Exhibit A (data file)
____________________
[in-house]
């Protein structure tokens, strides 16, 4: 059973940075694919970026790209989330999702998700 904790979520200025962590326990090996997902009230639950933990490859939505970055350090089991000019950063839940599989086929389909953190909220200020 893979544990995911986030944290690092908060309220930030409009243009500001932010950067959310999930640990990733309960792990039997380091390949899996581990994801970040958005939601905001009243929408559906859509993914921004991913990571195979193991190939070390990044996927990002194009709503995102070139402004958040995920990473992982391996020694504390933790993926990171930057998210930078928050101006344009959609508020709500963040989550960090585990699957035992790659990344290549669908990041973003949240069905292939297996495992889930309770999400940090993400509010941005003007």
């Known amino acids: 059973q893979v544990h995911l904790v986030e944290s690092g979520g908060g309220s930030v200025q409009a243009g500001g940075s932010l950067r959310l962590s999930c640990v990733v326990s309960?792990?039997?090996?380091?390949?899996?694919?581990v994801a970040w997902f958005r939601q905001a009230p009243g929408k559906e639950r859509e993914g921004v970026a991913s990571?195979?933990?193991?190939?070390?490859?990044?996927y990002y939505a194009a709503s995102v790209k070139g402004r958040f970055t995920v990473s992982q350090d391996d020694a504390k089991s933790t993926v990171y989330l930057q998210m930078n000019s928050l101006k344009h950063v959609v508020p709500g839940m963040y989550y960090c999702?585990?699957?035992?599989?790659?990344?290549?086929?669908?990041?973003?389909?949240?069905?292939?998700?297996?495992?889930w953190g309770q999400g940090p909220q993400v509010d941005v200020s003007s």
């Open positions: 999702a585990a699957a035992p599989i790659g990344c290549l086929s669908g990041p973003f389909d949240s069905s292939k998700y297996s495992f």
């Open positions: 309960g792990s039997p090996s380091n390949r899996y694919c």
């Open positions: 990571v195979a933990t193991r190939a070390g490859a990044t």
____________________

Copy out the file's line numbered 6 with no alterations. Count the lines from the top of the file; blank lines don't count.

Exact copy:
């Open positions: 990571v195979a933990t193991r190939a070390g490859a990044t």